WWII POW Rides In B-17 Bomber After Being Shot Down In 1943

WWII POW Rides In B-17 Bomber After Being Shot Down In 1943

A World War II Prisoner of War hadn’t been on a B-17 Bomber since he was shot down in 1943, but Thursday had the chance to fly in one again at the Bluegrass Airport in Lexington.

A World War II Prisoner of War hadn’t been on a B-17 Bomber since he was shot down in 1943, but Thursday had the chance to fly in one again at the Bluegrass Airport in Lexington.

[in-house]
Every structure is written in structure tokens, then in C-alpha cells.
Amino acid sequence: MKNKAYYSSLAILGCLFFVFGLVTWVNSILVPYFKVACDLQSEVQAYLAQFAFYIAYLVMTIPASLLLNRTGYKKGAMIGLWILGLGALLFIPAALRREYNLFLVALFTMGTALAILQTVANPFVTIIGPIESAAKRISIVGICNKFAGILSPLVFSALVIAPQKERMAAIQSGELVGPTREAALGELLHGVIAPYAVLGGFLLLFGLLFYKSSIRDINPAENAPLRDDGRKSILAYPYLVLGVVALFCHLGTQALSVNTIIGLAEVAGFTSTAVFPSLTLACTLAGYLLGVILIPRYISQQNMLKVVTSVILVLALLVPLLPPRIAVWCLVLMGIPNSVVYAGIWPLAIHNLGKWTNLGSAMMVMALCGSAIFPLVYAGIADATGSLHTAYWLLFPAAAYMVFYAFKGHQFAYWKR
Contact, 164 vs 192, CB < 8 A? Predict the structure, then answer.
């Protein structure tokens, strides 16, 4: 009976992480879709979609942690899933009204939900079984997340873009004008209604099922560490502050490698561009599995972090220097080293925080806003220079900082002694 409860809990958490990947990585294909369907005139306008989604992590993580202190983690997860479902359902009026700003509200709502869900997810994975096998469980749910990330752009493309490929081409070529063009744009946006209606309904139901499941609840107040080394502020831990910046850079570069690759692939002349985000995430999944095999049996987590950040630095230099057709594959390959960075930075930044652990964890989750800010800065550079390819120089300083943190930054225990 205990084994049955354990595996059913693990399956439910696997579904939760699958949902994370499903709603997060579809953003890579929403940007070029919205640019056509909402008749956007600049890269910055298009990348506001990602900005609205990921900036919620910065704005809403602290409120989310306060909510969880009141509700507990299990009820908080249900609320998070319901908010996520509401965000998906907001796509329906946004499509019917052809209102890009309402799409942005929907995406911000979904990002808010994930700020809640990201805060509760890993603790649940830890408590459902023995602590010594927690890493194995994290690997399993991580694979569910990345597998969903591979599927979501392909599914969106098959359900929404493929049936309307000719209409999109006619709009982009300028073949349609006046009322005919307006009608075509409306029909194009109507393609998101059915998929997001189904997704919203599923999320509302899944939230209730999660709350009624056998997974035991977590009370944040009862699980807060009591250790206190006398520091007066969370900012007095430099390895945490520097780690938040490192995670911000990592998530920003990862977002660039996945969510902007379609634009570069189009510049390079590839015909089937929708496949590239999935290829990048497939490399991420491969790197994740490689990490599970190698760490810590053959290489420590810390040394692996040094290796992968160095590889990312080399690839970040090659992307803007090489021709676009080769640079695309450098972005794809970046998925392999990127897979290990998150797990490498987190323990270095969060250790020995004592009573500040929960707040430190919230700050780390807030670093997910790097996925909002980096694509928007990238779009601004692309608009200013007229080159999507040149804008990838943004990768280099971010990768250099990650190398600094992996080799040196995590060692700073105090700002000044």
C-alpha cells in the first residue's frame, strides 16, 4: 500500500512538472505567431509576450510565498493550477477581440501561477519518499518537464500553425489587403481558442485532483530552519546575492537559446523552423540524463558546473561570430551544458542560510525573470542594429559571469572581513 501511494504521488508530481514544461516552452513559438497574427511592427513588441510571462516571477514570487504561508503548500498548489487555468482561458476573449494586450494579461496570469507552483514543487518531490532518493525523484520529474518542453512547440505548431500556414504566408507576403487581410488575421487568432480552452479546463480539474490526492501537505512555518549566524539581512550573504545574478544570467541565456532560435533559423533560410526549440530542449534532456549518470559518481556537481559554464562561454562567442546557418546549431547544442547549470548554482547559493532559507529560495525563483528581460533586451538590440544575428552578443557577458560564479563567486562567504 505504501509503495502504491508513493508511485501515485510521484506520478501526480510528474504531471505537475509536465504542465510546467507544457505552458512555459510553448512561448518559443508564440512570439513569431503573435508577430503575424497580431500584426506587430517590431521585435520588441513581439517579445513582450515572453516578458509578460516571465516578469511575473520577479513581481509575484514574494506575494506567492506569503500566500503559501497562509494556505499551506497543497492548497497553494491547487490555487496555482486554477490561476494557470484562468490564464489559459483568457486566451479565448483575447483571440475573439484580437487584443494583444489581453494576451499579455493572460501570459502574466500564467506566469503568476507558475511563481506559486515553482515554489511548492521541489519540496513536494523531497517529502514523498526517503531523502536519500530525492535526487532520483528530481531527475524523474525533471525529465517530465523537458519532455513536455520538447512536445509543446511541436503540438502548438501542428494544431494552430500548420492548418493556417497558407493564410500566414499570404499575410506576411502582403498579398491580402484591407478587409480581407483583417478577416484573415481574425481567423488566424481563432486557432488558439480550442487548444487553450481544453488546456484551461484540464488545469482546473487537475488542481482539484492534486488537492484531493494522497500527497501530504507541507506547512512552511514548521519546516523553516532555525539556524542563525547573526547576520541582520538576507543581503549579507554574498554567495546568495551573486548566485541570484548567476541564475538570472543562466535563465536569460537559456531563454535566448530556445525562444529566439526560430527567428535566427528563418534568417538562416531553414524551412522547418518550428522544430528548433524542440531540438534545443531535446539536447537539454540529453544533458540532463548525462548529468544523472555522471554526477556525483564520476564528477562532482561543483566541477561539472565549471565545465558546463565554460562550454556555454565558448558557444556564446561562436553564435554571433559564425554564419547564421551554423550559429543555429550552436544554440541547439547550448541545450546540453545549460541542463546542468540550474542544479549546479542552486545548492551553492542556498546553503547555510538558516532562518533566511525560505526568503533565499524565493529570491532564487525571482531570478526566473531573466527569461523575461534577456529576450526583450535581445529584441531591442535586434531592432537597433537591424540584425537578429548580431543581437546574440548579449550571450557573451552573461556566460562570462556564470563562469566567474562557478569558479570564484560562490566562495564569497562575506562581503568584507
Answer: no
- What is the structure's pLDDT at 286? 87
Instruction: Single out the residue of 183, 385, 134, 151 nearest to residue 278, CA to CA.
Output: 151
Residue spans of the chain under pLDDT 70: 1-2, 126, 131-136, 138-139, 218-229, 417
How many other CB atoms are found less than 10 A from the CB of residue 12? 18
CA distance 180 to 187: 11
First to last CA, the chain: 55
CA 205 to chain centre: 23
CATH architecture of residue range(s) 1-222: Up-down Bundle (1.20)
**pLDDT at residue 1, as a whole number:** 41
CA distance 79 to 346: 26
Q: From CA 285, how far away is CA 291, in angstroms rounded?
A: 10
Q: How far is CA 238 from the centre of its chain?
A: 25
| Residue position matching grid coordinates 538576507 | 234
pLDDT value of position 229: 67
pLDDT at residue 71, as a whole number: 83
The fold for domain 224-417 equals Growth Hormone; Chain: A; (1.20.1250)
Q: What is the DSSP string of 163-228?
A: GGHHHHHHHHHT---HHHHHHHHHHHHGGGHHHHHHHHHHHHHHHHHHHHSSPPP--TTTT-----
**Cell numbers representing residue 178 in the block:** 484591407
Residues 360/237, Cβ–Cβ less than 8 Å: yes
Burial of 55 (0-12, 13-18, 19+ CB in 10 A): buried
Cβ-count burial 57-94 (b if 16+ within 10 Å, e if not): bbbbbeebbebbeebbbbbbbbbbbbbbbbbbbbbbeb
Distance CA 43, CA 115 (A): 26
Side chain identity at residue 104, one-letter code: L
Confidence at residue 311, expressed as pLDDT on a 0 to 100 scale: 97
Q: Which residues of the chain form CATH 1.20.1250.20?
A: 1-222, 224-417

Paul Sears was a crew member on a B-17 flying over Germany when it was hit on October 8, 1943.

Sears parachuted to the ground, where he was captured and became a POW for 19 months.

Thursday, he climbed back into a B-17 for the first time since that fateful day.

Sears said the biggest difference today compared to 1943 was the fact that nobody was shooting at the B-17. He called it a pleasure ride.

“I can't move through the B-17 as well as I used to,” Sears said. “But it's still a thrill to see inside of one... and it brings back a lot of memories.”

The B-17 is available for rides through Sunday at the Aviation Museum of Kentucky. For more information, click here.

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